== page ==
This was a cross-sectional study. All students from the campuses who gave informed consent were recruited. Exclusion criteria included undertaking a post-basic course or not giving consent.
The research instruments were 6 self-administered questionnaires:
• A researcher-designed questionnaire for socio-demographic characteristics (SDQ): gender, age, year of study, marital status, place of residence while studying, religion and campus location.
• The Beck’s Depression Inventory (BDI),19 a 21-item self-report inventory which measures the severity of depression in a general population. This widely used instrument discriminates subtypes of depression, differentiates depression from non-depressed patients has a high coefficient alpha of 0.93 (p=0.001) for college students, and a validity and reliability of 90%. The BDI cut-off points used in this study were: 0 – 9 for minimal depression, 10 – 18 for mild depression, 19 – 29 for moderate depression and 30 – 63 for severe depression.
• The Beck’s Anxiety Inventory (BAI)22 is a 21-question instrument designed to measure the severity of anxiety in a general population. It shows proven high interval consistency and test/re-test reliability over 1 week. In the general population, respondents must score ≥36 to be considered to have anxiety. The BDI and BAI have been validated against the Diagnostic and Statistical Manual of Mental Disorders (Fourth Edition) (DSM-IV) respective diagnostic criteria in the western countries, where they have been used extensively for similar and other relevant surveys.19 , 22 The cut-off points for the BAI used for this study were: 0 – 7 for minimal, 8 – 15 for mild, 16 – 25 for moderate and 26 – 63 for severe anxiety.
All 6 instruments were self-administered and took an average of 1.5 hours to complete.
All participants gave informed consent and confidentiality was maintained throughout the study. All respondents in both groups were advised that if they recognised the symptoms/conditions being investigated, they were free to make self-referrals. All respondents were given information on resources available for help.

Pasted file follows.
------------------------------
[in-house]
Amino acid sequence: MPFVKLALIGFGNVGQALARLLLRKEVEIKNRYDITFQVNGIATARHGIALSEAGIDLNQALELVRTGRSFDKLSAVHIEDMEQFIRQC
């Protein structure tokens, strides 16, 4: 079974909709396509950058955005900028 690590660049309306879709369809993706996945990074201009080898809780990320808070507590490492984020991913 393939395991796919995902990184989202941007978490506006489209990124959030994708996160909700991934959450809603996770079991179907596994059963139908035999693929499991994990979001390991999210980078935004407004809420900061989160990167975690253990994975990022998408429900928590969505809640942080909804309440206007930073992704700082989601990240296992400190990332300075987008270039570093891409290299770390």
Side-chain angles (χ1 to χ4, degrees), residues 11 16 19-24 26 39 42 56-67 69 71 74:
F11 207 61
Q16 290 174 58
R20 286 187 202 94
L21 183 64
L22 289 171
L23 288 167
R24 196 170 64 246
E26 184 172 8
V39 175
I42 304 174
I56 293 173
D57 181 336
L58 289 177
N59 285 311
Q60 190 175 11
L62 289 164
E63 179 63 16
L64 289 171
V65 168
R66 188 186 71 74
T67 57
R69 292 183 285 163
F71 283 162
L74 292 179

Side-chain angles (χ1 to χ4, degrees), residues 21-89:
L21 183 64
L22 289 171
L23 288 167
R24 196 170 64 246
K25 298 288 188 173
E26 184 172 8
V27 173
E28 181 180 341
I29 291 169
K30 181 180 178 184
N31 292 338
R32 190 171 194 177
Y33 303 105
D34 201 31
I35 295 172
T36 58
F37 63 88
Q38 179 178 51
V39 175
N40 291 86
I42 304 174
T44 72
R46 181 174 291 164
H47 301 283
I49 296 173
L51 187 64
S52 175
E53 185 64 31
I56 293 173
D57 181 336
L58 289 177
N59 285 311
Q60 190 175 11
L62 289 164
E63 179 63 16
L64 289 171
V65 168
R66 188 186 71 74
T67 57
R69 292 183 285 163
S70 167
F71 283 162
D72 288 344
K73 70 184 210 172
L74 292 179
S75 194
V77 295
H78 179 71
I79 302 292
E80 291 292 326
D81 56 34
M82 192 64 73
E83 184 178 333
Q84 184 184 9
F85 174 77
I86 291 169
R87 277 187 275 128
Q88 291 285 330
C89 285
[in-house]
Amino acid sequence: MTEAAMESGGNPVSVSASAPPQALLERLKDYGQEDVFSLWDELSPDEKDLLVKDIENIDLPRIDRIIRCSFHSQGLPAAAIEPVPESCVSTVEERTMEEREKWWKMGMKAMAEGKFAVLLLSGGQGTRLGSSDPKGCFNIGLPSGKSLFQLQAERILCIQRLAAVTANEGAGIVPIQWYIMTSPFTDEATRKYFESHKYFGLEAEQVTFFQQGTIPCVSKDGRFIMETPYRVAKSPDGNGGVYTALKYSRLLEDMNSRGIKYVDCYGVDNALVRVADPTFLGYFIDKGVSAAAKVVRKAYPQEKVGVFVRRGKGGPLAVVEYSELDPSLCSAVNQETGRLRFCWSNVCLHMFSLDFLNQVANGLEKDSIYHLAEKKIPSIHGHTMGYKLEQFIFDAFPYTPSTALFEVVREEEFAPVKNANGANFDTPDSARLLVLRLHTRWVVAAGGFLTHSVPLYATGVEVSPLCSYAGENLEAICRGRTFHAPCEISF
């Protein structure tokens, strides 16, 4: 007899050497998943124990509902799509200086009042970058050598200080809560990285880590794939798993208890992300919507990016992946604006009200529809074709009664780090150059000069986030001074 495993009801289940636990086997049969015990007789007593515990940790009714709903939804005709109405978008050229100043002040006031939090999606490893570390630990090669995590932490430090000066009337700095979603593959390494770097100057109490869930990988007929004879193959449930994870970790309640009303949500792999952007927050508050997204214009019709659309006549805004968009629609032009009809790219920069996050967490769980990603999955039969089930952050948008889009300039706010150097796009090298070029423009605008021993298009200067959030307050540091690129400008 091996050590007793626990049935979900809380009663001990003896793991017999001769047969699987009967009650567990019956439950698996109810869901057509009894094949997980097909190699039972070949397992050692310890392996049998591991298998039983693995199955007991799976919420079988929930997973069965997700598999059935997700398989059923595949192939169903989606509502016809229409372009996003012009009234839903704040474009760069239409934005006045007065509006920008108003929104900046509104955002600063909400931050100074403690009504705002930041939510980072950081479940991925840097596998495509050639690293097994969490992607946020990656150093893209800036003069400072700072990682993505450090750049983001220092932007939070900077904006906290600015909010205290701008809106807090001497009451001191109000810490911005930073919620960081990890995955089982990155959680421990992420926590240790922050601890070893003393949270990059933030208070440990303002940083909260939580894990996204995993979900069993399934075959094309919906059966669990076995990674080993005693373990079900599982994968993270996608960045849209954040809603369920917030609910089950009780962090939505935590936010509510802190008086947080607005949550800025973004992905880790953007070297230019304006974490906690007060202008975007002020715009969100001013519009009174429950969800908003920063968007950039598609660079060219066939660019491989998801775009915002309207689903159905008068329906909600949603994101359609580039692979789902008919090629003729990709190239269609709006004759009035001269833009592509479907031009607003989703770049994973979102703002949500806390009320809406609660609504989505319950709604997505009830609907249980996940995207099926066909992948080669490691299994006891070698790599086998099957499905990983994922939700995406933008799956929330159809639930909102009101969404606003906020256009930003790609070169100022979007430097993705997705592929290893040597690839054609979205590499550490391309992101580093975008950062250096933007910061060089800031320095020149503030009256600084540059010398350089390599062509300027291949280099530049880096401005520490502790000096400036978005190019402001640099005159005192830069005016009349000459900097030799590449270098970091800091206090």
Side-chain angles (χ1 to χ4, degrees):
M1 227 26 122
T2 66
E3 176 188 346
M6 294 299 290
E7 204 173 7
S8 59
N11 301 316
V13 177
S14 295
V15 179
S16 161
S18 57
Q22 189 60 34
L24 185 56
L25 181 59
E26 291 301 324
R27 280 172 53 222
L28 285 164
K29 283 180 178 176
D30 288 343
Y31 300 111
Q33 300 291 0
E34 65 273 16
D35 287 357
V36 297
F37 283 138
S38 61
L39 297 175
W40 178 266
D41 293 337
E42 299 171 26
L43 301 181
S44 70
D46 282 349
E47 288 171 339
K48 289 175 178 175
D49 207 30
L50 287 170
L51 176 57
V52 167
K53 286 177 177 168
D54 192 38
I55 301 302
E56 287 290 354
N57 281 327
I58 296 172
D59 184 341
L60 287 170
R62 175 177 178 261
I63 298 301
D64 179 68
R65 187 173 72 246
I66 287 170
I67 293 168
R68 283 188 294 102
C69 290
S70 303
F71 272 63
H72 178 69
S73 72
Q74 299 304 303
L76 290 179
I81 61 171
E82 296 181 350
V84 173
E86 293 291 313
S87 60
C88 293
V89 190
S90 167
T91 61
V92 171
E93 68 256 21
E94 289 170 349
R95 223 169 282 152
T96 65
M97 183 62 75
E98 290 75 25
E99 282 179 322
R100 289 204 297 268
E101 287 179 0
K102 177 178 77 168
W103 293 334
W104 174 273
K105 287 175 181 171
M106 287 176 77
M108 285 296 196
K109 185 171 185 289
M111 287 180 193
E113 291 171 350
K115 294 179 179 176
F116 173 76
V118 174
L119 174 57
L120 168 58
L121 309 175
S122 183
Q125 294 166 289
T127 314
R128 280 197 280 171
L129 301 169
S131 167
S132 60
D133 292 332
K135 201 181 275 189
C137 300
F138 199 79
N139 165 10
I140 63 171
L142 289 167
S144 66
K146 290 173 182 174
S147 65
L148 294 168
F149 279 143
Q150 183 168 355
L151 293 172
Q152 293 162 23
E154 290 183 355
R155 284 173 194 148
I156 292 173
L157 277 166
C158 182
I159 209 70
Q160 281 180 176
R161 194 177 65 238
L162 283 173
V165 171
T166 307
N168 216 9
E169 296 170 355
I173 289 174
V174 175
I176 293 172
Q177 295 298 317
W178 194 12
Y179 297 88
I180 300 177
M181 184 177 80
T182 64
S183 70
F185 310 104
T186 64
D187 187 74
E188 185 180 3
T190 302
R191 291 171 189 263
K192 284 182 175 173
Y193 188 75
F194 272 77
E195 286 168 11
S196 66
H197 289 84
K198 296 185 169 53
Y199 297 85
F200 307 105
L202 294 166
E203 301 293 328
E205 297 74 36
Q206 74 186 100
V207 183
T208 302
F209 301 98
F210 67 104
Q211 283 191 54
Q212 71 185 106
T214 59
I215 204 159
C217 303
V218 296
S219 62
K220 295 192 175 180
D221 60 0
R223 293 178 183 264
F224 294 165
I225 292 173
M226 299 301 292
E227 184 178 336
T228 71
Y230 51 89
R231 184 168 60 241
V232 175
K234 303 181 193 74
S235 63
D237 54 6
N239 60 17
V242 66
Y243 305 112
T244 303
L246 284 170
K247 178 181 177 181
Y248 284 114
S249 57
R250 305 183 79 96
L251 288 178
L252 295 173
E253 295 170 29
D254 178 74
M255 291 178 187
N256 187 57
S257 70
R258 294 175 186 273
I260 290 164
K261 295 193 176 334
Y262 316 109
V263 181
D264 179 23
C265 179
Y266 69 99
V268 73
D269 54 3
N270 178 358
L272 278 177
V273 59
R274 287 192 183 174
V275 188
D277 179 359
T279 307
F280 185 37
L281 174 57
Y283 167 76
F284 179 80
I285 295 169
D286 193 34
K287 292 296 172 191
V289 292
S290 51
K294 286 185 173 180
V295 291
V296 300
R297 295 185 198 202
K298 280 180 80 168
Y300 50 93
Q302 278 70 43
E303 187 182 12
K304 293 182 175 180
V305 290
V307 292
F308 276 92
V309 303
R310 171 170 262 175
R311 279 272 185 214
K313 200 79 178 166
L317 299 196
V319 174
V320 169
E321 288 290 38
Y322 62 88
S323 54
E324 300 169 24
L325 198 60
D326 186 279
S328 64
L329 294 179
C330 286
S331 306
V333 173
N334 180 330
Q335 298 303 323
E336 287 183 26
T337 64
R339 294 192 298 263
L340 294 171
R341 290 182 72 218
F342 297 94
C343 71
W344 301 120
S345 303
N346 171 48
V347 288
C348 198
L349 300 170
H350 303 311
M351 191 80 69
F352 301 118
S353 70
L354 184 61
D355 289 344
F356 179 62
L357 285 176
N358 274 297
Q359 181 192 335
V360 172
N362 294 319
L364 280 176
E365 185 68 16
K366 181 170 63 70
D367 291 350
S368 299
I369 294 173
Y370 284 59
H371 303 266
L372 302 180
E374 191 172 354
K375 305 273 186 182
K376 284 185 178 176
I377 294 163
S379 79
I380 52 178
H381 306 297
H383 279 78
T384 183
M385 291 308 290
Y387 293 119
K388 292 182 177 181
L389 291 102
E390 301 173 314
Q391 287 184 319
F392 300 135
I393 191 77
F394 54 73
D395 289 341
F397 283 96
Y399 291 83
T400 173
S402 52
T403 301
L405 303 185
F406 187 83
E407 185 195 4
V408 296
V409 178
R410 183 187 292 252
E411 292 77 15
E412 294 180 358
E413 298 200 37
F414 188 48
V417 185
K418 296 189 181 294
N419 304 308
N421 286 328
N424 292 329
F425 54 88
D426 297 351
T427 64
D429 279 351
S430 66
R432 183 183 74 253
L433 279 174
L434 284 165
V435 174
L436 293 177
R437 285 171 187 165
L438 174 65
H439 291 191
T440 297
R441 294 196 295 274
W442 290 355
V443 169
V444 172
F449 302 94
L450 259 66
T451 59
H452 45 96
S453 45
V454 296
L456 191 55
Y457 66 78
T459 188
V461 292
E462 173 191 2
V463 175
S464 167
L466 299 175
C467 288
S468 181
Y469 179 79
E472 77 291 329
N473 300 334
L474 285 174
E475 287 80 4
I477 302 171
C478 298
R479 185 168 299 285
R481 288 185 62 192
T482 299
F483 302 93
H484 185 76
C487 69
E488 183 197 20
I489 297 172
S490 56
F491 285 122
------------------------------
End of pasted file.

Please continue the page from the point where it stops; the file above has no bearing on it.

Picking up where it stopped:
In the experimental group, baseline characteristics were obtained. This was followed by 4 psycho-education sessions. These 2-hour sessions comprised lectures, simulations, group discussions and role-plays. They incorporated predisposing/precipitating causes of depression, hopelessness, suicidality, anxiety and substance abuse, as well as symptom recognition and stress-coping skills/ strategies. Reassessment was carried out 3 months after the initial intervention to investigate its effects, followed immediately by another 8 hours of psycho-education in 2-hour sessions. A final reassessment was carried out 3 months after the second assessment (6 months after the baseline assessment). All participants were free to contact the principal investigator if they felt that they had a psychological problem or related to the symptoms featured in the questionnaires.
In the control group, no interventions were provided. (However, respondents were free to self-refer to a healthcare provider. Reassessment was done at 3 and 6 months. Participants were provided with a 24-hour helpline in case they developed suicidal tendencies or needed help of any kind.
The initial 4 sessions of psycho-education given to the experimental group included a 2-hour session on definitions of terms, causes of the conditions and symptom recognition. Another 2 sessions involved theoretical lectures and simulations on stress-coping strategies/skills. These included scheduling/time management, communication skills, decision-making techniques, problem solving, assertiveness training, improving self esteem, sleep hygiene, breathing techniques, controlled breathing/de-arousal, anger-management techniques, relaxation exercises, progressive muscle relaxation, general exercise activities and adherence training. A clinical psychologist supervised small group discussions.
After 3 months, assessment was followed immediately by a repeat of the same process of psycho-education, in addition to addressing the challenges that the respondents had experienced after the first round.
Each psycho-education programme in all the departments in the experimental group lasted between 1.5 months and 2 months.
The collected data were double-entered by 2 separate groups of data-entry clerks, and cleaned and analysed using SPSS (version 16), utilising descriptive and inferential statistics. Results were presented in the form of tables and narratives.